The Wakhan Corridor Journey - Afghanistan to Pakistan

The Wakhan Corridor Journey - Afghanistan to Pakistan

Little Pamir: Kashch Goz Up the Wakhjir Valley

We woke to a cloudy sky over Kashch Goz, with even more clouds looming over the Wakhjir Valley. Adaham Boi, an old Kyrgyz man whose son, Hidayat, would travel with us, said we must have made some sort of tawiz (a numerological chart made to produce some desired result) to get clouds and make less water in the side streams that we would have to cross. Hidayat loaded his belongings onto his horse, and we loaded ours onto a yak. A young Wakhi lad, also named Nek Bakht Shah, came along to pull the yak via a rope threaded through its nose.

We left the Kyrgyz camp, busy with morning milking, and headed down to cross Bozai Darya, the small, clear stream descending from Chaqmaqtin ("flint") Lake. We crossed the stream above its confluence with the much larger, glacial Wakhjir River. Above the stream’s bank sat domed tombs called Bozai Gumbaz ("domes of the elders"). Made of sun-dried brick plastered with mud, the tombs are quite old. There was no sign of who built them or when, no writing to mark who lies buried in them — just the tan domes, rising unexpectedly above the grass-lined stream. Long strands of barbed wire, left by Russian troops who occupied the site, flanked the tombs. Across the stream, we found a vast garbage dump — rusted cans, wheel rims, wire and bits of plastic for hundreds of yards.

We headed east across the expansive, sandy floodplain and into the Wakhjir Valley, ascending from the plain to broad terraces above the river’s true right (north) bank. Kyrgyz nomads spend winter in this valley, which, although higher in elevation than Kashch Goz, is less exposed to the frigid winds that sweep the broad pamir. We passed several of their winter sites, each with a small house. Here, too, numerous clay brick tombs indicated heavy winter mortality in this high valley. Wakhjir is a typical pamir valley — the mountains are ragged, crumbly snow-topped peaks, not at all sharp-edged like their Karakoram neighbors. Snow sits easily on them year round, as their slopes are not steep enough for avalanches. The valley floor is broad and u-shaped, scoured by glaciation, and well-watered by the continual melt of the snow above. The valley was once a main branch of the Silk Route. Marco Polo himself may have traversed the Wakhjir Valley traveling to China. The grass was abundant, and side streams offered plenty of water. At Guretuk ("walk past the grave"), we did just that to reach a small Kyrgyz winter hut. We pitched our tent on a grassy swale next to a clear stream with sweeping views back down the Wakhjir.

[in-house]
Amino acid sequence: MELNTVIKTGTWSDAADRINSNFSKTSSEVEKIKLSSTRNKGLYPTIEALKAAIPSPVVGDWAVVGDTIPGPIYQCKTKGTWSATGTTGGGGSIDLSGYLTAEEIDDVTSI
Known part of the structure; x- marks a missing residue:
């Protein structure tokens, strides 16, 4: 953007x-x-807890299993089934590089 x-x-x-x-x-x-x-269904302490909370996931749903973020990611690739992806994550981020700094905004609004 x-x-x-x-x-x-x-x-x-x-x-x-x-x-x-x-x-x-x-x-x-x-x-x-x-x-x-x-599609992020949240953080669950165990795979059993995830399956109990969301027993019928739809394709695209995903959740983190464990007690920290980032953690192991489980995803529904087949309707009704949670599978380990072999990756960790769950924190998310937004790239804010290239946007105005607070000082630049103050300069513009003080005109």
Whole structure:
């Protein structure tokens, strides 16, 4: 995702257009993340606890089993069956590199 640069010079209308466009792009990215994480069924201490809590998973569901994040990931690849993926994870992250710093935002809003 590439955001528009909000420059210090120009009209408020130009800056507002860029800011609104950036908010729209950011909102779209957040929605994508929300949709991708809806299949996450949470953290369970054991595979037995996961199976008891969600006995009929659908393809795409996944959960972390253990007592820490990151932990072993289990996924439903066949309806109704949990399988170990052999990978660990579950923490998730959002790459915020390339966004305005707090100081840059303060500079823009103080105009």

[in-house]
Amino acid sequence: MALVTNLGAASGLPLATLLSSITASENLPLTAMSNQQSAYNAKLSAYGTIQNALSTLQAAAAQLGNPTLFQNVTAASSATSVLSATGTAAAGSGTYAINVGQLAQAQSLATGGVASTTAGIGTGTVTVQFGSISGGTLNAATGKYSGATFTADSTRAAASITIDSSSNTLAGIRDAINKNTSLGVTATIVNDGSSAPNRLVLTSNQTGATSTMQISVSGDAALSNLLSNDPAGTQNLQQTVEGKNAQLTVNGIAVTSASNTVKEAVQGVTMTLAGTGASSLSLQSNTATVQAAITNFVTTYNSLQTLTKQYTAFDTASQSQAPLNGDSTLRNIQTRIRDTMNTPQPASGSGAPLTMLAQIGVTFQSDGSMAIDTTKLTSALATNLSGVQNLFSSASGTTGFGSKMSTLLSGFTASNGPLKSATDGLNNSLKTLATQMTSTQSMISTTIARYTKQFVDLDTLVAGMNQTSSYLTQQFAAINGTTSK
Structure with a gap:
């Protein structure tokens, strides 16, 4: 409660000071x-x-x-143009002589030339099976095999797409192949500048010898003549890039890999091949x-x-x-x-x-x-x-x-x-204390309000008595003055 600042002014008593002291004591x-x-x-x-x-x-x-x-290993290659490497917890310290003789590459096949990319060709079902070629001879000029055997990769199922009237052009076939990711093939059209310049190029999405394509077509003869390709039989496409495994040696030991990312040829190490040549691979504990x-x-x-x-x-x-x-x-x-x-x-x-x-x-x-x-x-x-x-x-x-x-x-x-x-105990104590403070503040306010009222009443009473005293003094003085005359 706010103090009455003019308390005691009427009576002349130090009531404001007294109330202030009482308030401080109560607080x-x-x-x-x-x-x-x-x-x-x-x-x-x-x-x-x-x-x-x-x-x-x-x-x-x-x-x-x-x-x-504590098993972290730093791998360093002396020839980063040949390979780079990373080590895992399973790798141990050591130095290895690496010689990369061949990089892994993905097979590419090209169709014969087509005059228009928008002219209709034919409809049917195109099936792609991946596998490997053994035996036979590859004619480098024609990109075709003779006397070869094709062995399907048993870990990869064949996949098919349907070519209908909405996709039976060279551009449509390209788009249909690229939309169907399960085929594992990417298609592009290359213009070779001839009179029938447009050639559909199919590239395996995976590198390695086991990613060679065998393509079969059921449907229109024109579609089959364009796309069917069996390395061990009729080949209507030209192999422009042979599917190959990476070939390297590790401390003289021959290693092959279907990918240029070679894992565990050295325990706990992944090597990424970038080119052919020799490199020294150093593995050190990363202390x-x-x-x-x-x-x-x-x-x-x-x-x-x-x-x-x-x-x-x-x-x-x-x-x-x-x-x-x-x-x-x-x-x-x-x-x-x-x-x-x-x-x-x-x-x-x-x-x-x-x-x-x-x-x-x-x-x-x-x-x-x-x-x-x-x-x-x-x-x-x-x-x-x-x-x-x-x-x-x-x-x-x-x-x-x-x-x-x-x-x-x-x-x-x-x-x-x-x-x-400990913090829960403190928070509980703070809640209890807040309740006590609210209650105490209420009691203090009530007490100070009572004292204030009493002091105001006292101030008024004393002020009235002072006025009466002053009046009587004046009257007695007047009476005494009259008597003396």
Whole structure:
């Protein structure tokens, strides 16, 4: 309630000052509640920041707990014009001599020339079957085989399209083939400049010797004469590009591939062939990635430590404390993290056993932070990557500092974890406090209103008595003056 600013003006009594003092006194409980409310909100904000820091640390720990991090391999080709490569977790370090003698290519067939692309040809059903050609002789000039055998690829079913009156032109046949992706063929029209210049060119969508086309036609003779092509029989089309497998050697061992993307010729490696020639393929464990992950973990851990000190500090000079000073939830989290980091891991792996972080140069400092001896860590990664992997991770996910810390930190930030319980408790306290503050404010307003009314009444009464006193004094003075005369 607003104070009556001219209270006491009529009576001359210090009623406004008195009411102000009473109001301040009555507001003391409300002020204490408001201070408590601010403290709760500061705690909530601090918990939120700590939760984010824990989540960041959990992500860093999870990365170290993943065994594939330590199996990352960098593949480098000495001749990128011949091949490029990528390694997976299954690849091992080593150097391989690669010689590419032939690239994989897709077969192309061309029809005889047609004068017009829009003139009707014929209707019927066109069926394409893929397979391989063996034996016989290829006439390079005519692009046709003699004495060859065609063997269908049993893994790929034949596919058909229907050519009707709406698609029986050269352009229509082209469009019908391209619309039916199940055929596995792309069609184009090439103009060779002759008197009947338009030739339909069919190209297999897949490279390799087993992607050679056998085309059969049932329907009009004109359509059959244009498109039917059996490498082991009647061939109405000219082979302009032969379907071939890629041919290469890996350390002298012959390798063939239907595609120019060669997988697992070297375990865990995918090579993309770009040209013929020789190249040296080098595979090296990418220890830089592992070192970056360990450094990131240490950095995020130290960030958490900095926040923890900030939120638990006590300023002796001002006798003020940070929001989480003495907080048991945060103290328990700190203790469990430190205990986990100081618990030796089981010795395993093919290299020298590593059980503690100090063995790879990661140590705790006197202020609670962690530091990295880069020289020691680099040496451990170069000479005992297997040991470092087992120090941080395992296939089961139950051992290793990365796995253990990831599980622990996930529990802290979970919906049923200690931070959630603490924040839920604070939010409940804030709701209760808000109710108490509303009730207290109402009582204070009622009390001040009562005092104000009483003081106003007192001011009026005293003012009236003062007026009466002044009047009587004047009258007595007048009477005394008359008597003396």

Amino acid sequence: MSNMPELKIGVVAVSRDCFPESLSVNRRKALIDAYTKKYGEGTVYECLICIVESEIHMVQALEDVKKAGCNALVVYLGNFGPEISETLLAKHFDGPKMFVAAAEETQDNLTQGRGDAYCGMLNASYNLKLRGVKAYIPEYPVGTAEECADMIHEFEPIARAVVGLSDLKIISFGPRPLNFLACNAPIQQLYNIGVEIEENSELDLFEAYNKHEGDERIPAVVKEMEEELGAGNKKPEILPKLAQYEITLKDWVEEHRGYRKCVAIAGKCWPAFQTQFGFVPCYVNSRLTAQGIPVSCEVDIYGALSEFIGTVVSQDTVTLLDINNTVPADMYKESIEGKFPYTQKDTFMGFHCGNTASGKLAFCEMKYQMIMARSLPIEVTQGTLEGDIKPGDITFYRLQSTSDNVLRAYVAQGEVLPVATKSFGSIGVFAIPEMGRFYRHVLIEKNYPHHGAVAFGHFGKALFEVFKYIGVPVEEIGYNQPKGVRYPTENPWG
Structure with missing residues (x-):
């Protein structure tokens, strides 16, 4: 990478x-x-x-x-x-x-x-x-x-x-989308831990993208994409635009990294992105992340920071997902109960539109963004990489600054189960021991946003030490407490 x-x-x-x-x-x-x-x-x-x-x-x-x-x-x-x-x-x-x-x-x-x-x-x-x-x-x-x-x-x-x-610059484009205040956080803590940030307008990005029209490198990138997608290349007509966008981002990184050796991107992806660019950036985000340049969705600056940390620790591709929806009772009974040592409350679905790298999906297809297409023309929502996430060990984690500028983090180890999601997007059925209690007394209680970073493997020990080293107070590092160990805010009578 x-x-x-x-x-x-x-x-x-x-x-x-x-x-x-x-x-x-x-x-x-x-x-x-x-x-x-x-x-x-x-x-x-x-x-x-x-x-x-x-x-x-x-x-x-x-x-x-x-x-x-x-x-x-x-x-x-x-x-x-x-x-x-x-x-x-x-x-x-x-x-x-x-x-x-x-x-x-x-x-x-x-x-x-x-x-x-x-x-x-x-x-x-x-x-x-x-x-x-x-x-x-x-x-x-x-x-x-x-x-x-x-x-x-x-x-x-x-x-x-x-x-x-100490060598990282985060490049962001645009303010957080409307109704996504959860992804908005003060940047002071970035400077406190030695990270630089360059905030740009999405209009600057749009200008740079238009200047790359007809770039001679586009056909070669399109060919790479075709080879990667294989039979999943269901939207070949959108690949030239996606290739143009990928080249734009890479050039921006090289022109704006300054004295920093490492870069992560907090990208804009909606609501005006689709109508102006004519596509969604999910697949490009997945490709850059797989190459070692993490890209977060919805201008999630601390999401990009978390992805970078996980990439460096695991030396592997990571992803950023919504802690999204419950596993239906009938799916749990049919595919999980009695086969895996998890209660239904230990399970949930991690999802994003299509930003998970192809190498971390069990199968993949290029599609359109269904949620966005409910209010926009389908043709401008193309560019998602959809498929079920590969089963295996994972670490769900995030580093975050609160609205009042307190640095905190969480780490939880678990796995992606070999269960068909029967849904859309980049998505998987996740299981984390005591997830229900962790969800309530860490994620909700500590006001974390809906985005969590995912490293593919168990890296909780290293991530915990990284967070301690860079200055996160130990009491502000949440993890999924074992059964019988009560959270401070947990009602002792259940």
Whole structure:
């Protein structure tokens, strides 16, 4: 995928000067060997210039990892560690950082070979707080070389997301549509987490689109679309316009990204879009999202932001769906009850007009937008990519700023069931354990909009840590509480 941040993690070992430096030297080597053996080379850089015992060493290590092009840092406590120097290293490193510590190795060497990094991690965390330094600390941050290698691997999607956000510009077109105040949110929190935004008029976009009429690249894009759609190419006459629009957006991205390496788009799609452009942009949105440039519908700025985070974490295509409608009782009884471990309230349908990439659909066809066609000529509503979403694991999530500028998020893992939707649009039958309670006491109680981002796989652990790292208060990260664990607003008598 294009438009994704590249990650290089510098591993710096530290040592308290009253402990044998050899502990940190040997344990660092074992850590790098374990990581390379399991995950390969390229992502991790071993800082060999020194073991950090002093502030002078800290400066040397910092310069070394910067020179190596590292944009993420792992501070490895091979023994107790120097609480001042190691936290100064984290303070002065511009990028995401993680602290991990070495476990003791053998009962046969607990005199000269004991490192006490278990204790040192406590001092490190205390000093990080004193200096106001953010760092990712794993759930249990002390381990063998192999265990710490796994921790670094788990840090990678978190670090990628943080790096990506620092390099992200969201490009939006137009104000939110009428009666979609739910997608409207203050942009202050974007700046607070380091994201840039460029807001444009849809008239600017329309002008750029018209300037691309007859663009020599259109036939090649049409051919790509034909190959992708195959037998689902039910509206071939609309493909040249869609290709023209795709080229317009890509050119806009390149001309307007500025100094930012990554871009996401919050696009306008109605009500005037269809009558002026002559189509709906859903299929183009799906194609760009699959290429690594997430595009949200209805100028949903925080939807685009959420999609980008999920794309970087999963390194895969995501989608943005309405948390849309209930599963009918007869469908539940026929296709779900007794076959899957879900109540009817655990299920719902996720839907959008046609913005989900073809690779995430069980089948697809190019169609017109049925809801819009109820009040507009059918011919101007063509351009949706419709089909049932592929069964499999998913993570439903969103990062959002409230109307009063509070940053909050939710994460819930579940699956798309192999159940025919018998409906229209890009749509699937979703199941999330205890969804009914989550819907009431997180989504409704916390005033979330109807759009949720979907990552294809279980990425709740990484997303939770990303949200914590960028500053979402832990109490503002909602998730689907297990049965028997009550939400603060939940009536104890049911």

The next day we passed more winter camps, each with tombs — Duldul, Karatash, and Aqtash ("white rock"), the highest Kyrgyz winter site in the Wakhjir. The cloudy weather held, and although it kept the water level in the side streams low, it also kept the air cool, especially with the near-constant down valley wind in our faces. We looked south across the Wakhjir River toward the mouth of the Kamansu Valley, wondering which of the several side valleys we saw might lead to Dilisang Pass. A lammergeier, obvious with its U-shaped tail, soared overhead, probably looking for marmots. Lammergeiers are a sign of Mongol royalty and we took it as a good omen.